The human brain and its inner workings is a rather bemusing object. I perhaps could spend hours puzzling about the logic or lack of rather that a person might have just used to arrive at a certain thought or action and this pandemic has definitely provided me with some interesting cases to analyse.
When Italy was under siege by this virus, the first case was discovered in Malta; before the Government or health authorities asked us to, many Maltese locked themselves up indoors almost with a sense of pride. They clapped alongside the Italians in praise for our health workers and posted videos and photos of themselves indoors albeit until then nothing had actually yet even been shut down on the island. And then reality and actuality hit. The virus had done its thing and started to spread about our tiny island, staying at home was suddenly no longer a temporary short measure but a way of life with no immediate end in sight. And then confusion ensued. The bemusing thing is that suddenly, it seemed that the fervour and determination that made many people initially stay indoors before it was even requested, evaporated. Faced with the reality of this virus and the inevitable long-term measures, it felt as though rather than people taking it more seriously and being more careful, a certain recklessness was in the air. Sunny days proved further encouragement for people to visit beaches in large groups, to meet friends and plunge into the sea for that first swim, to take trips to Gozo and to gather for the annual Easter lunch.
Boredom and perceived imprisonment is an ugly thing and can lead to irrationality. I am sitting here really trying hard not to judge anyone for reacting in any way they do, although I do think that refusing to at least practise social distance is by nature inherently selfish. Yet in some, (not all), cases I empathise. I do empathise but not condone the 70-year-old man accustomed to spending his days talking to his friends in the village square. He cannot wile away his days on Tik Tok. I do empathise with couples that don’t yet live together. Separation brings about anxiety. And I also empathise and sympathise with those that need to go to an actual location to work. Earning money is still necessary for this period.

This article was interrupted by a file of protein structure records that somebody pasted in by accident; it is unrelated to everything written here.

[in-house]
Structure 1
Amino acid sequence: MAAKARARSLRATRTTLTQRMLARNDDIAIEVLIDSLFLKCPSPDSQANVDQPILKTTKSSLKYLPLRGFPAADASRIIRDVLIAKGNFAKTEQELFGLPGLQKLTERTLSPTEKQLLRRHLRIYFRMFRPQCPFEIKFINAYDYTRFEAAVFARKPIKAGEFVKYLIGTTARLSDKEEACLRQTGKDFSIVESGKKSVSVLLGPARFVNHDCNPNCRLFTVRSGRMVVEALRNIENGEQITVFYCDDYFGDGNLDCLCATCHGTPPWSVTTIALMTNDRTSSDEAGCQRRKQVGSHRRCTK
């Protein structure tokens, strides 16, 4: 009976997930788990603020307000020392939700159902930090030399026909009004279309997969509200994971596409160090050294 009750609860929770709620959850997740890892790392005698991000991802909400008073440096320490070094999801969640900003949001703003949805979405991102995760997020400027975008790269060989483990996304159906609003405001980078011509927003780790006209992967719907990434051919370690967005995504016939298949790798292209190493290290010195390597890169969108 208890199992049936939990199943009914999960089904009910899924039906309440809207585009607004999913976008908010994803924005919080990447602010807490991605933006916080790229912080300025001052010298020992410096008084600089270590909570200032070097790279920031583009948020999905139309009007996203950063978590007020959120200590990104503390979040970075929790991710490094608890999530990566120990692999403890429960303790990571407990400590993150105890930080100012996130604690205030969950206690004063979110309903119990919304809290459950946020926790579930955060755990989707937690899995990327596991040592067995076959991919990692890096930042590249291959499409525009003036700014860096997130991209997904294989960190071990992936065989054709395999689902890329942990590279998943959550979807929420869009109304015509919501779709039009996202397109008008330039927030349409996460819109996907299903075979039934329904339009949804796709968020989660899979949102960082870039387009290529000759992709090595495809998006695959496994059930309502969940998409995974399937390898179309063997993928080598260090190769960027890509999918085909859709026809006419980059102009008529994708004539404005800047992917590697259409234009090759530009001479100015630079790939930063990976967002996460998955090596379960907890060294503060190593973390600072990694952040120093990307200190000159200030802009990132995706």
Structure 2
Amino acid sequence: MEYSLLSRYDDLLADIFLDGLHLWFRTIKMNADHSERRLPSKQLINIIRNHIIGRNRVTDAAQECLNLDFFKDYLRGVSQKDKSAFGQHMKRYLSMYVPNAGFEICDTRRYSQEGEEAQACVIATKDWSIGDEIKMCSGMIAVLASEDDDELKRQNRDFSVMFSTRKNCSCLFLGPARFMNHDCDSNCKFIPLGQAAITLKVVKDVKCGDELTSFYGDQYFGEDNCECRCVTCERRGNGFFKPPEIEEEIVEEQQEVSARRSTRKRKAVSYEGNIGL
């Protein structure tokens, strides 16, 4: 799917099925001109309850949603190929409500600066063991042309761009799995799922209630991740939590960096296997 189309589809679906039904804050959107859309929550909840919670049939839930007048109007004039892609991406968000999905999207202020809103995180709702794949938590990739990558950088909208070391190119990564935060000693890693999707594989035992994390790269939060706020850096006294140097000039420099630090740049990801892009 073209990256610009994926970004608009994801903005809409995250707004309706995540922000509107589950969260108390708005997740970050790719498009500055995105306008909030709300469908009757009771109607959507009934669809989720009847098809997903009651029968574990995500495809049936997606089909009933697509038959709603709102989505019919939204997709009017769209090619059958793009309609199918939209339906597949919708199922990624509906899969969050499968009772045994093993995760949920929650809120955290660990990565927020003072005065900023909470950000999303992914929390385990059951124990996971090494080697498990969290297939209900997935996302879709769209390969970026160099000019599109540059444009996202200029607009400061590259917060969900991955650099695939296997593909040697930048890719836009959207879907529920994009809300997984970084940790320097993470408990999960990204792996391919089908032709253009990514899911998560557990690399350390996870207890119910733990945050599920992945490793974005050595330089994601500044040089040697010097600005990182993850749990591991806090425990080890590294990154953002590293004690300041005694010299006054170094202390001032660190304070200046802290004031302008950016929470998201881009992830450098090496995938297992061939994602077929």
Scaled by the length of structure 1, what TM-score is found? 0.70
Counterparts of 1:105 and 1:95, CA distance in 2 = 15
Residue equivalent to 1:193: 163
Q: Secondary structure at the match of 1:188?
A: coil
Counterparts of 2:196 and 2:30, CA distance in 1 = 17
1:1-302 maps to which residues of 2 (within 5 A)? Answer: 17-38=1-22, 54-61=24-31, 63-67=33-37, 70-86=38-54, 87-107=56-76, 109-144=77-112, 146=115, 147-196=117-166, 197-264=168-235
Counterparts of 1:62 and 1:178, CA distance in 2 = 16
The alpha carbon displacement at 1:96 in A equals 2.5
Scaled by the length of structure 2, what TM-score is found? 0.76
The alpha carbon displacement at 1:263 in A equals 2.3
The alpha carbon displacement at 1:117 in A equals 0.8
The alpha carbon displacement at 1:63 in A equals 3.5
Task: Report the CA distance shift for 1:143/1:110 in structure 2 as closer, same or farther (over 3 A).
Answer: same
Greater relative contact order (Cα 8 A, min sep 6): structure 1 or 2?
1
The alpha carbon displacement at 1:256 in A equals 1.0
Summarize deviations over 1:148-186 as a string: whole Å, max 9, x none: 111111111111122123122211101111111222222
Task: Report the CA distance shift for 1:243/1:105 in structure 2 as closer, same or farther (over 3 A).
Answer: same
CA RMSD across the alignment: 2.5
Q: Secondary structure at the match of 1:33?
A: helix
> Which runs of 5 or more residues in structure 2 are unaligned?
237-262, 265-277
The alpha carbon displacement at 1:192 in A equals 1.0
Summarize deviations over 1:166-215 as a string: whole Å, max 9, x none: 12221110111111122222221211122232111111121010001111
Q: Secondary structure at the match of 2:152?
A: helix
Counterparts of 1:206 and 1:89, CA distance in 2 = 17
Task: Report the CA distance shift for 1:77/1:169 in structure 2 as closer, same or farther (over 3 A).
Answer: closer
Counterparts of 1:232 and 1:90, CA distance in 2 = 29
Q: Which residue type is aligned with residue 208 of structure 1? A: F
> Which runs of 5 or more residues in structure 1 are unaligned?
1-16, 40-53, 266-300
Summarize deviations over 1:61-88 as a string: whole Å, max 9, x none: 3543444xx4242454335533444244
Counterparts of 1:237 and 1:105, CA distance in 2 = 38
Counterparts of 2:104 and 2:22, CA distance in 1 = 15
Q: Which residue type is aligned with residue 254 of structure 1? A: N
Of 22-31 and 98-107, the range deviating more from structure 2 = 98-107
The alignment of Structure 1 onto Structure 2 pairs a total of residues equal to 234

The original intention of this post was a life update from little old me but it seems as though the lack of a certain number of people present in my life is having the effect of making me sidetrack and go off on random tangents and analysis that might or might not be totally irrelevant. So let me focus on myself. The time feels long I must admit that, as I mentioned last time, my approach has been to make myself my project but there is big burden with that, the feelings of expectation with down on you and whilst normally my home time could have been my off time, I now seem to feel like I’m wasting time. Doing some daily form of exercise seems to feel like a necessity, which let’s face it, it probably is, even my mainly sedentary job incurs a lot more movement in the office than working from home. Trying not to eat too much in your home packed full of goodies is a lot harder than in an office and whilst virtual calls and meetups can be fun, it doesn’t beat physical presence. I think what we must all remember, is that life at home right now isn’t optional, it isn’t something we can choose to opt-out of. The only choice we have is how to go about it, whether to fill our time with projects (me) or treat it as a time to relax (could really still be considered a project). It is ok and expected to be sad, to miss loved ones or to be bored but we should remember that this is neither a punishment, neither our fault and neither optional. So let’s try and find a silver lining that is an actual silver lining for each and every one of us, maybe just maybe it can give us some solace.